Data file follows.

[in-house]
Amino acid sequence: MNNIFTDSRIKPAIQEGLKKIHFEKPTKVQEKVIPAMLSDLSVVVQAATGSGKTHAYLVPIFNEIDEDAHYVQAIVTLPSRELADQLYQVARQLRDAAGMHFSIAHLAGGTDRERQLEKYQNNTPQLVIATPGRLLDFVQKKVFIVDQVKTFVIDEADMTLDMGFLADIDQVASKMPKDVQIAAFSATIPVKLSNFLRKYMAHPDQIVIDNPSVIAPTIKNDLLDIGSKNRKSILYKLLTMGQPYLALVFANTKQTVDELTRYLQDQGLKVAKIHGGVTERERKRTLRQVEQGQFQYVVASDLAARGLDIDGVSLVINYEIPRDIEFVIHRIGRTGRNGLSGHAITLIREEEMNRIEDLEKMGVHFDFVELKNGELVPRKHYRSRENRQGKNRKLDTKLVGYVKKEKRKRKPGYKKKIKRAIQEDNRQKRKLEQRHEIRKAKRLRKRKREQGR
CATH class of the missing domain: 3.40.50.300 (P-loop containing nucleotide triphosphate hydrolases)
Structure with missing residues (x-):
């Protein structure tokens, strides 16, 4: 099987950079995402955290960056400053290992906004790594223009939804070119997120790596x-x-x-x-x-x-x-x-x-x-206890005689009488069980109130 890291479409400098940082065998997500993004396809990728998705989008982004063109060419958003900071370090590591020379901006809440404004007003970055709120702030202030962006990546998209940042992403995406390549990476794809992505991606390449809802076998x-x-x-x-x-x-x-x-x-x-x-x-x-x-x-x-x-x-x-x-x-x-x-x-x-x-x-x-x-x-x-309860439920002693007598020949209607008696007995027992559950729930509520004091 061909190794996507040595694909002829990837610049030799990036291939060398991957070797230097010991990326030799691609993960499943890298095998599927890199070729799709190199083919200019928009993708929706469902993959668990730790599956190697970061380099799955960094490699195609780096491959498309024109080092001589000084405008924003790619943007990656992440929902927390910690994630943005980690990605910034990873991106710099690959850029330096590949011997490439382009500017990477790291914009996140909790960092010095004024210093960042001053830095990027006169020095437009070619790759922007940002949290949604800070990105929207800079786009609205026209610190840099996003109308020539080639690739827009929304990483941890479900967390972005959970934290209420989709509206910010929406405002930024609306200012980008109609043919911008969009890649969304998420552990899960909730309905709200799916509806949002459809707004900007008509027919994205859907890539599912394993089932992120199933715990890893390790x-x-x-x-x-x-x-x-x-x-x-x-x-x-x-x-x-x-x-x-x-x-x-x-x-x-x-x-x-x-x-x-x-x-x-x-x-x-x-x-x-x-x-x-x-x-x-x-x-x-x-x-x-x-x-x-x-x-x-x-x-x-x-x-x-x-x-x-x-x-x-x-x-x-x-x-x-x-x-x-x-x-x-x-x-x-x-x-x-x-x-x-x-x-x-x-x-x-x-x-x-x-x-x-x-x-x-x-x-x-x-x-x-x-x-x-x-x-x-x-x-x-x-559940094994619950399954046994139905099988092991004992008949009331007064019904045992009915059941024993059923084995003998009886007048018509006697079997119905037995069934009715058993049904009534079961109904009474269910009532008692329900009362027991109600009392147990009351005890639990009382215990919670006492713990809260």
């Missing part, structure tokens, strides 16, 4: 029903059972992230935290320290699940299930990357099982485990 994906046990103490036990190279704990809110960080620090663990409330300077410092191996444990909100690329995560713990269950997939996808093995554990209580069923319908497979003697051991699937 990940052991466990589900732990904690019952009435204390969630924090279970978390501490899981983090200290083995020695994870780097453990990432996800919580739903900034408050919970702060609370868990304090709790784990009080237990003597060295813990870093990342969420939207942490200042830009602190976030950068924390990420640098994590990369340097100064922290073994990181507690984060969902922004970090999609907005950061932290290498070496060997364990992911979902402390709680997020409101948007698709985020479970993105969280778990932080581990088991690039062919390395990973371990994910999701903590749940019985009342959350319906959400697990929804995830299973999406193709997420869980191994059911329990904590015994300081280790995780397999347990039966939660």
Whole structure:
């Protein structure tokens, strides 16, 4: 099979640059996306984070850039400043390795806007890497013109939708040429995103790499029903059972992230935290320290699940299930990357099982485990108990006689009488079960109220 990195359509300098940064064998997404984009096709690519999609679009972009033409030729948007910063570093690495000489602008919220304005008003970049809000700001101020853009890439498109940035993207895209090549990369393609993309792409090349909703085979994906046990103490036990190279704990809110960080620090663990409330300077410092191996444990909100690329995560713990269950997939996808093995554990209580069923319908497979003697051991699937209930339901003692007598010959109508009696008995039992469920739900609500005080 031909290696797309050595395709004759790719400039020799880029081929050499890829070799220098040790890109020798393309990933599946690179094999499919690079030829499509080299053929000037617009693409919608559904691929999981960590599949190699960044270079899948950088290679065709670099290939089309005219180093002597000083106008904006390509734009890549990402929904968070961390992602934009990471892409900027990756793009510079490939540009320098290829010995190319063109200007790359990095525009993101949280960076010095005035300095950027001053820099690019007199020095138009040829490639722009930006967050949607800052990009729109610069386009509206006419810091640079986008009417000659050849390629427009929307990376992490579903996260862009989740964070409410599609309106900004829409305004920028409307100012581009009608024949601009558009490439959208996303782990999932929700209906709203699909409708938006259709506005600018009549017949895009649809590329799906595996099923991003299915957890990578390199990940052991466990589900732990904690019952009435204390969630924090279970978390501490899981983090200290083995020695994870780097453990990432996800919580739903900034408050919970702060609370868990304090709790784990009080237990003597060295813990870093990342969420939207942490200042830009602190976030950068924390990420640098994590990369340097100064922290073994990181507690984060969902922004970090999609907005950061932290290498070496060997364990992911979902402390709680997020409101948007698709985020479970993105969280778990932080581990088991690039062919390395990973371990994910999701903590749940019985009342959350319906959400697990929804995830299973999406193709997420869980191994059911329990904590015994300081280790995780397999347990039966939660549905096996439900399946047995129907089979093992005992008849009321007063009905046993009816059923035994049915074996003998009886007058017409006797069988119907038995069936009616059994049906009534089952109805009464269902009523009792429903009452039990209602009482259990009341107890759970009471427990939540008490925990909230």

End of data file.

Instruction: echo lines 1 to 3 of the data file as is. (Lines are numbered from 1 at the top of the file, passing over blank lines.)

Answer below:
[in-house]
Amino acid sequence: MNNIFTDSRIKPAIQEGLKKIHFEKPTKVQEKVIPAMLSDLSVVVQAATGSGKTHAYLVPIFNEIDEDAHYVQAIVTLPSRELADQLYQVARQLRDAAGMHFSIAHLAGGTDRERQLEKYQNNTPQLVIATPGRLLDFVQKKVFIVDQVKTFVIDEADMTLDMGFLADIDQVASKMPKDVQIAAFSATIPVKLSNFLRKYMAHPDQIVIDNPSVIAPTIKNDLLDIGSKNRKSILYKLLTMGQPYLALVFANTKQTVDELTRYLQDQGLKVAKIHGGVTERERKRTLRQVEQGQFQYVVASDLAARGLDIDGVSLVINYEIPRDIEFVIHRIGRTGRNGLSGHAITLIREEEMNRIEDLEKMGVHFDFVELKNGELVPRKHYRSRENRQGKNRKLDTKLVGYVKKEKRKRKPGYKKKIKRAIQEDNRQKRKLEQRHEIRKAKRLRKRKREQGR
CATH class of the missing domain: 3.40.50.300 (P-loop containing nucleotide triphosphate hydrolases)